Taking Up The Sword Again

After trying a couple of mood stabilizers (ie. anti-psychotics) in November and December, and going boo-boo faced and dipsey-doodle in several different directions, I told my shrink I’d take a break from drug trials through January.

The experience gave me what I hoped for—a chemical slap upside my brain that shook it loose from the depressive tar. Since Christmas, my mood has been noticeably better. I’m back to making art and moving ahead with my therapist.

Our current Adventure—one I vowed I’d never try again—is working with my compulsive eating disorder. But I’ve learned my lesson about saying never.

The first phase was to keep track of what I ate by Food Groups (protein, dairy etc.). Doing it this way seemed to drain out a lot of the shame and resistance. Even when I binged, I could still make my little tick marks.

My pattern is to try something new like this for a week or so, binge/gain weight/lose hope, and quit. I wanted to quit several times, but I’m still at it after three weeks.

This week we added a new task. After a lot of discussion and tears (on my part), my therapist gave me a tiny lava lamp that was actually a two-minute timer. Before I eat anything, I’m to watch those groovy bubbles for two minutes with the mantra “I am becoming aware.” After the two minutes I can eat whatever I want.

This does a couple of things. It interrupts the compulsion and creates a tiny gap for a bit of mindfulness to creep in.

I was terrified.

I also watched the bubbles. And DAMN if it isn’t doing exactly what Sonya said it would do.

I’m finding that the exercise calms my mind. The Observer moves in front of the compulsion and watches without judgment. Most of the time, I make healthier choices about what to eat after watching bubbles. I’m not as scared about my Drug of Choice being taken away from me. I’m not as resistant to reaching for bubbles before Cheetos.

I don’t know if I can break pattern and keep this up, but today I feel a little like Graham McTavish’s Dougal from Outlander (above). Sword in hand, the Bipolar Bad-Ass is back. With bubbles.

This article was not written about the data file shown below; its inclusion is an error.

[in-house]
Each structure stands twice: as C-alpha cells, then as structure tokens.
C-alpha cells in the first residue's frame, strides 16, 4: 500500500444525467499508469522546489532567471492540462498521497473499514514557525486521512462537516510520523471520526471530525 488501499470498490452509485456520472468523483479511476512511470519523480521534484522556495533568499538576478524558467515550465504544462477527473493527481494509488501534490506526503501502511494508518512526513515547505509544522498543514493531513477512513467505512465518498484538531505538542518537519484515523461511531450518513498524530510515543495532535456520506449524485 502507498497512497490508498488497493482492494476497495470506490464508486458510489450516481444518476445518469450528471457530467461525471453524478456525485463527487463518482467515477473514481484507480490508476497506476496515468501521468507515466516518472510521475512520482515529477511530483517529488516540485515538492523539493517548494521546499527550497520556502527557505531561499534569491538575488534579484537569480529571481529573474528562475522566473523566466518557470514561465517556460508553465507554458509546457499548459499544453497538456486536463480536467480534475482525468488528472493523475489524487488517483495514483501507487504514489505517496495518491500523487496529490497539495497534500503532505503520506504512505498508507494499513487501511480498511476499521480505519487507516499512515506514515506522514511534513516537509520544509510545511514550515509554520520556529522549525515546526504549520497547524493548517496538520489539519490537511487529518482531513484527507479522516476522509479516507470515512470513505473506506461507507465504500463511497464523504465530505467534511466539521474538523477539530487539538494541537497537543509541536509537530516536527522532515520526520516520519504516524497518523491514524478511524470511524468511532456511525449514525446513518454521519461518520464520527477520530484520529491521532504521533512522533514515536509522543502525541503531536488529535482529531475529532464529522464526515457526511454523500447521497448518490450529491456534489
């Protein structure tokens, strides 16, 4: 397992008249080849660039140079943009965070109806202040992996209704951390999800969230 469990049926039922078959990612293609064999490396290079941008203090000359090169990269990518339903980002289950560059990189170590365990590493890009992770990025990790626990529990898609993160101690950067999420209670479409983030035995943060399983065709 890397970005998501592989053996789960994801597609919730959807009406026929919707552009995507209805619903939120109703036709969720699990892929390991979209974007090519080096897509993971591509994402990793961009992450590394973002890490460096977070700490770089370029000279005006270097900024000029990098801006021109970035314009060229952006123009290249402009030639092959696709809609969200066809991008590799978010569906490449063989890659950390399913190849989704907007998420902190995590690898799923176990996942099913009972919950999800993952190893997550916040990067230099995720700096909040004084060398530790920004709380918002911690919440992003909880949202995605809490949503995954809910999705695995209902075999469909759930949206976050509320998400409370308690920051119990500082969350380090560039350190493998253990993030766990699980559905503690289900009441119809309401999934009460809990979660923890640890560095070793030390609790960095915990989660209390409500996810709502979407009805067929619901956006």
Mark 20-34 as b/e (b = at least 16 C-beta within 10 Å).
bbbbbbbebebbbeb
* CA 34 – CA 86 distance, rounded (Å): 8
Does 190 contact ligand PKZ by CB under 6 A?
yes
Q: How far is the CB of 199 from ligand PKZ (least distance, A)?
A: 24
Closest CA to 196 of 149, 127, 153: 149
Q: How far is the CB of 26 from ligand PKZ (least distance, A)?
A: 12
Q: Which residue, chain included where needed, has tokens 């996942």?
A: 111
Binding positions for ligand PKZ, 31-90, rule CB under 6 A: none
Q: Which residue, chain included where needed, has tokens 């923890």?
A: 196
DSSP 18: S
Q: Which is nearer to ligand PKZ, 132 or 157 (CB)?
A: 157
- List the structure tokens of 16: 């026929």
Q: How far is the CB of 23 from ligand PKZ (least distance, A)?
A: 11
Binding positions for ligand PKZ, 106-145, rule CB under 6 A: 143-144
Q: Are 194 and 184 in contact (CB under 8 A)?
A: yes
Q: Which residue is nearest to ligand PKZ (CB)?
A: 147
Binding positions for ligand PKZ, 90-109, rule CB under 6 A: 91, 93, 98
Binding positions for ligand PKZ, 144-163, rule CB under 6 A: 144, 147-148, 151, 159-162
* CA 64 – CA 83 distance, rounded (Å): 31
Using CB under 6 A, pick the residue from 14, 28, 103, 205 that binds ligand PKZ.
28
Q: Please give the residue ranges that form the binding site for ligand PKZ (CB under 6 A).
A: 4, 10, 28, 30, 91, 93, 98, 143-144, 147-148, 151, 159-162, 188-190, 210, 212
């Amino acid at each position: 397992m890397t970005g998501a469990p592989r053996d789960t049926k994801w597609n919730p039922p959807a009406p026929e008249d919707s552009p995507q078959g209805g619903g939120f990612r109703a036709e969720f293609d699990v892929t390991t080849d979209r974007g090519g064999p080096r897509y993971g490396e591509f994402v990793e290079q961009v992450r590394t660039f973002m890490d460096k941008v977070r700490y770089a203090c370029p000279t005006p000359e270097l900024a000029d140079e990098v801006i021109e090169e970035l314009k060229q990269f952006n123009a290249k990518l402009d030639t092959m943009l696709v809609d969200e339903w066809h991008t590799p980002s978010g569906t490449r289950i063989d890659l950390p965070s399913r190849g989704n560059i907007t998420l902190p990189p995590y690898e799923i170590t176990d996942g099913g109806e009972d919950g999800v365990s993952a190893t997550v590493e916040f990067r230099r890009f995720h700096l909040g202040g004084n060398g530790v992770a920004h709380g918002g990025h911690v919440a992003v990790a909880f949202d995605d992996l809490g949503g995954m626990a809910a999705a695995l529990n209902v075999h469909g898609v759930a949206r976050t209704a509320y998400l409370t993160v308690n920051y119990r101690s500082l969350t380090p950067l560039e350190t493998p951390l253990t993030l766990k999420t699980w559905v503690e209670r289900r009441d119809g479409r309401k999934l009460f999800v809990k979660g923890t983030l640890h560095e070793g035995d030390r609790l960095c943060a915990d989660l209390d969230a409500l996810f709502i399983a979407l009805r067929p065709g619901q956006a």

17 Comments (+add yours?)

  1. Linda Hatfield
    Jan 07, 2022 @ 11:19:20

    This is awesome, Sandy! Thanks for posting. This is a great idea for breaking any habit, like my smoking even.


  2. Anita S
    Jan 07, 2022 @ 11:30:00

    This is an intriguing idea. It sounds too simple to work, but I would like to give it a try. Do you have any idea where your therapist got the timer? I also eat compulsively and feeling pretty hopeless about it at this point.


    • Sandy Sue
      Jan 07, 2022 @ 14:15:42

      I don’t know where she got the timer, but she works with a lot of kids, and I think it was in the toy box. I’m thinking a dollar store might be a good bet.


  3. Lori Seavey-Christian
    Jan 07, 2022 @ 11:37:15



  4. TamrahJo
    Jan 07, 2022 @ 12:01:38

    Congrats! The moment you wait, and track what you ARE eating – truthfully, for yourself – you find an ‘everyday’ you can live with – I TRULY believe this! For me? The minute I give in to ‘busy/stress/craving sweets’ which I normally do not crave salt or sweets to the extent many around me do! I see that ‘craving’ more and more as a ‘reminder’ for me to check in with meself and see what I’m stressed about, working to hard on, frustrated on, etc.

    I’ve also noticed, over the years, that the moment my daily ingestion includes ‘fast/ready to eat’ things – (i.e. snack cakes, candy, chips, crackers) I can ‘graze all damn day, and still be starving – – and yet, let me have some pasta shells on hand, let me have that block of velveeta cheese and somedays? i’m just ready for quick/easy meal to throw together that provides ‘comfort food’ for me – I just had in some stuff – peppers, onions, some kind of veggie – – spices for digestion and digestive health – some kind of protein (tuna, bacon, hamburger, chicken etc.) and well?

    It satisfies my BODY more AND I don’t feel as if I am still starving, after eating it…

    The same cannot be said for my ‘quick to grab, eat, I’m BUSY working!!!! Too much work to do!!! I don’t have time to cook!!!!” things –